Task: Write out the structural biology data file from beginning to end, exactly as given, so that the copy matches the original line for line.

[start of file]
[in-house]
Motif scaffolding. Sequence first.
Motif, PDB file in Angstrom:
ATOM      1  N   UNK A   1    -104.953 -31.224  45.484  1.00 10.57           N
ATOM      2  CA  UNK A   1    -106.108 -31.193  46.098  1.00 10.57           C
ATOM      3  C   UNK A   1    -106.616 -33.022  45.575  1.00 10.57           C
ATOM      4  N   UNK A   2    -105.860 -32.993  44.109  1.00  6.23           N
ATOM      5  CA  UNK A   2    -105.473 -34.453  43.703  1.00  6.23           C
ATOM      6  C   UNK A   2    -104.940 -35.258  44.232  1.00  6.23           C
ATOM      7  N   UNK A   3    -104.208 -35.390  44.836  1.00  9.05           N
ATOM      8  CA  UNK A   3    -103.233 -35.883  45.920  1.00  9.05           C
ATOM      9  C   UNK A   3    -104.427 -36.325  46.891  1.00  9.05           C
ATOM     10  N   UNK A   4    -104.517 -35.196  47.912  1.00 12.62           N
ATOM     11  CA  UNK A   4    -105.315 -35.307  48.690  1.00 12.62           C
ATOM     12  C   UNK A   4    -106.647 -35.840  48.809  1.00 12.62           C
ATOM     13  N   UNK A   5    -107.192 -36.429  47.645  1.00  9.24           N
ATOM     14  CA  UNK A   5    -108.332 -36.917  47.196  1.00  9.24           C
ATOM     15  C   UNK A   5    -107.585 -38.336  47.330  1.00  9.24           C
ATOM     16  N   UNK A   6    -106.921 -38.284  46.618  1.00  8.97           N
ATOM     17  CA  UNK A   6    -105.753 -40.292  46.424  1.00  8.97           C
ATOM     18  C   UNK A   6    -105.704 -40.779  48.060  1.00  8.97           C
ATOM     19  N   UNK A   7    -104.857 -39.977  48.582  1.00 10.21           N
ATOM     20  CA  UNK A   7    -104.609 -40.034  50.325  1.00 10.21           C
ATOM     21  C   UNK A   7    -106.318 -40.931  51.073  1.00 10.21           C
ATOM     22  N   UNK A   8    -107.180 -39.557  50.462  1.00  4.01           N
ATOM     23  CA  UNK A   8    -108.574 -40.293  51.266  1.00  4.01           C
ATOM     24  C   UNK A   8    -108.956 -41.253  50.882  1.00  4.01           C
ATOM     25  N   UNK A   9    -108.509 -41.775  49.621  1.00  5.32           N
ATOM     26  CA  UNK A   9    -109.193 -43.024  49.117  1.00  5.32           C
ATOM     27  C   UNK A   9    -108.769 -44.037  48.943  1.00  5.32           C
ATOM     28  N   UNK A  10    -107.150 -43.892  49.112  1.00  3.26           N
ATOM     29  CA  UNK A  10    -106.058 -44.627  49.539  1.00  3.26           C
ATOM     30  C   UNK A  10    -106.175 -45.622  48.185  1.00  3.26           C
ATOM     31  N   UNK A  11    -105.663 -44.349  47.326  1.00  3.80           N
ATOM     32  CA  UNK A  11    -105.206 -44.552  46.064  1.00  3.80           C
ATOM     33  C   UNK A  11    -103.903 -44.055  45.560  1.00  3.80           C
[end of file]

[in-house]
Motif scaffolding. Sequence first.
Motif, PDB file in Angstrom:
ATOM      1  N   UNK A   1    -104.953 -31.224  45.484  1.00 10.57           N
ATOM      2  CA  UNK A   1    -106.108 -31.193  46.098  1.00 10.57           C
ATOM      3  C   UNK A   1    -106.616 -33.022  45.575  1.00 10.57           C
ATOM      4  N   UNK A   2    -105.860 -32.993  44.109  1.00  6.23           N
ATOM      5  CA  UNK A   2    -105.473 -34.453  43.703  1.00  6.23           C
ATOM      6  C   UNK A   2    -104.940 -35.258  44.232  1.00  6.23           C
ATOM      7  N   UNK A   3    -104.208 -35.390  44.836  1.00  9.05           N
ATOM      8  CA  UNK A   3    -103.233 -35.883  45.920  1.00  9.05           C
ATOM      9  C   UNK A   3    -104.427 -36.325  46.891  1.00  9.05           C
ATOM     10  N   UNK A   4    -104.517 -35.196  47.912  1.00 12.62           N
ATOM     11  CA  UNK A   4    -105.315 -35.307  48.690  1.00 12.62           C
ATOM     12  C   UNK A   4    -106.647 -35.840  48.809  1.00 12.62           C
ATOM     13  N   UNK A   5    -107.192 -36.429  47.645  1.00  9.24           N
ATOM     14  CA  UNK A   5    -108.332 -36.917  47.196  1.00  9.24           C
ATOM     15  C   UNK A   5    -107.585 -38.336  47.330  1.00  9.24           C
ATOM     16  N   UNK A   6    -106.921 -38.284  46.618  1.00  8.97           N
ATOM     17  CA  UNK A   6    -105.753 -40.292  46.424  1.00  8.97           C
ATOM     18  C   UNK A   6    -105.704 -40.779  48.060  1.00  8.97           C
ATOM     19  N   UNK A   7    -104.857 -39.977  48.582  1.00 10.21           N
ATOM     20  CA  UNK A   7    -104.609 -40.034  50.325  1.00 10.21           C
ATOM     21  C   UNK A   7    -106.318 -40.931  51.073  1.00 10.21           C
ATOM     22  N   UNK A   8    -107.180 -39.557  50.462  1.00  4.01           N
ATOM     23  CA  UNK A   8    -108.574 -40.293  51.266  1.00  4.01           C
ATOM     24  C   UNK A   8    -108.956 -41.253  50.882  1.00  4.01           C
ATOM     25  N   UNK A   9    -108.509 -41.775  49.621  1.00  5.32           N
ATOM     26  CA  UNK A   9    -109.193 -43.024  49.117  1.00  5.32           C
ATOM     27  C   UNK A   9    -108.769 -44.037  48.943  1.00  5.32           C
ATOM     28  N   UNK A  10    -107.150 -43.892  49.112  1.00  3.26           N
ATOM     29  CA  UNK A  10    -106.058 -44.627  49.539  1.00  3.26           C
ATOM     30  C   UNK A  10    -106.175 -45.622  48.185  1.00  3.26           C
ATOM     31  N   UNK A  11    -105.663 -44.349  47.326  1.00  3.80           N
ATOM     32  CA  UNK A  11    -105.206 -44.552  46.064  1.00  3.80           C
ATOM     33  C   UNK A  11    -103.903 -44.055  45.560  1.00  3.80           C